Saturday, January 3, 2015

Q&A with Andrew Maraniss

Andrew Maraniss is the author of the new book Strong Inside: Perry Wallace and the Collision of Race and Sports in the South. The book examines the life of Wallace, the first African-American basketball player in the Southeastern Conference (SEC) in the 1960s. The former associate director of media relations at the Vanderbilt Athletic Department, Maraniss is a partner at McNeely Pigott & Fox Public Relations in Nashville, Tennessee.

Q: Why did you decide to write about Perry Wallace? 

A: It goes back to when I was 19 years old, 25 years ago. I was a sophomore at Vanderbilt; I had a sportswriting scholarship and was a history major.

I read about Perry and the racism directed at him—[during one game] at halftime he sat in the locker room holding hands with his one black teammate, Godfrey Dillard, trying to get the strength to get back for the second half.

I was taking a black history course, and I asked my professor if I could write a paper about Perry Wallace, and she said of course. I interviewed him; I wrote two papers about him. I was the sports editor of the school newspaper, and I wrote columns about him. We stayed in touch.

Eight years ago, I decided I wanted to write a book. I e-mailed him and asked, would you be willing to spend the time it would take for all these interviews to do this? He said yes. 

Q: How did Wallace’s upbringing in Nashville affect him?

A: There are two ways to look at it. One is the support and strength he found—he called it his cocoon. The positive aspect, ironically, to segregation was the strong black community in Nashville near Fisk University, Tennessee State University, Meharry Medical University, Jefferson Street with its thriving black businesses.

Pearl High School was the crown jewel of the community; every African-American person in Nashville went to Pearl, and there was great pride associated with it. The teachers were people who were incredibly smart; they had master’s degrees but were denied opportunities in the professional world.

All his parents’ kids went to college. There was a lot of warmth and support from his family and his neighborhood.

On the other side, he was growing up in a segregated city. As a 12-year-old, he watched sit-ins. He was fully aware of the craziness of the situation. His goal as a kid was to get out, and he saw basketball as a way to do that.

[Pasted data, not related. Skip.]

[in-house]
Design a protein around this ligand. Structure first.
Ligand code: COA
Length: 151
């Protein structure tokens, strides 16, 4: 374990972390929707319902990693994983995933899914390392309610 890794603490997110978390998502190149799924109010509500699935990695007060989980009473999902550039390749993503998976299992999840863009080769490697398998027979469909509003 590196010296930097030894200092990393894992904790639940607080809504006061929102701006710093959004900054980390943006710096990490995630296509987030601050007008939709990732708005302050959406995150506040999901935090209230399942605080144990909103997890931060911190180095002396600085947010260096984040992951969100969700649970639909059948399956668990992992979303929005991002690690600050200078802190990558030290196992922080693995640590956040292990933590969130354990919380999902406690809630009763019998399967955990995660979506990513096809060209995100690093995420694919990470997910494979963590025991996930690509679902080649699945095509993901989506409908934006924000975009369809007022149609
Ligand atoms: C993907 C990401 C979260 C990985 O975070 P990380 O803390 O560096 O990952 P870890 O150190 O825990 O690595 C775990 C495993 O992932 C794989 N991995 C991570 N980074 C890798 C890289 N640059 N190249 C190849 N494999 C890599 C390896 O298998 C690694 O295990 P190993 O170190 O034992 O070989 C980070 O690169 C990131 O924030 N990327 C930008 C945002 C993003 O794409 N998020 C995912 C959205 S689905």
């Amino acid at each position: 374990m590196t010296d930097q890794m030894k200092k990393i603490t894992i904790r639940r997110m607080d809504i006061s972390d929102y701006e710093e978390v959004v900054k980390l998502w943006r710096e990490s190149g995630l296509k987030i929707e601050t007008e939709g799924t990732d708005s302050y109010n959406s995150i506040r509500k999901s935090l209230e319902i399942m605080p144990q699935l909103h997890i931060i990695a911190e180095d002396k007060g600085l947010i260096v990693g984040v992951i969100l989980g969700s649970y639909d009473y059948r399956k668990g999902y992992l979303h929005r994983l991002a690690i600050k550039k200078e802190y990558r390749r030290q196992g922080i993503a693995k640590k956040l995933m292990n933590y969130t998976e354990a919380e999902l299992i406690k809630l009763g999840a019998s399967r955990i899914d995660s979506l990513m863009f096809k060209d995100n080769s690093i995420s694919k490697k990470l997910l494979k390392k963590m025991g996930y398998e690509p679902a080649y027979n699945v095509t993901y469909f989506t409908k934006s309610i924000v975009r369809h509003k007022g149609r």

Q: You describe Wallace’s decision to attend Vanderbilt as “a turning point in history.” What were some of the reasons for its importance? 

A: His mom, who was a cleaning lady downtown, would bring home magazines, and [the kids] would see pictures of a world they didn’t know in Nashville.

Part of that possibility for him was to use basketball as a way out. He was recruited by a number of schools in the North and the West, but on recruiting trips he felt black athletes were exploited for their athletic ability. His term was, I’m not going to trade one plantation for another.

He began to consider Vanderbilt, which would have been impossible two years earlier when it was still segregated. He was impressed by the engineering department, by the [basketball program] and by the way the coach treated his parents with respect.

[The school had recently] appointed a new progressive chancellor, Alexander Heard, who thought he could send a signal by making a bold move in the athletic realm and encouraged the coach to recruit a black player….it made a lot of sense on both sides. Perry understood how difficult this was going to be, not just on campus but while touring…colleges all over the South. 

Q: You describe Wallace’s difficult experiences with racism, for example when Vanderbilt played Ole Miss. How was he able to withstand the treatment he received as an African-American basketball player in the South during that period? 

A: It took tremendous courage, more than people even imagine. He had to do it all by himself. After freshman year, there were no other African-American teammates. His coaches and teammates didn’t go out of their way to be difficult but they [weren’t especially helpful].

His family had a deep expression of faith, and his mom said to put on the full armor of God. He also had an understanding of the proper pioneer’s response to the situation. He embraced the role of the pioneer, and part of that was not quitting. As hard as it was, he knew he had to complete the assignment.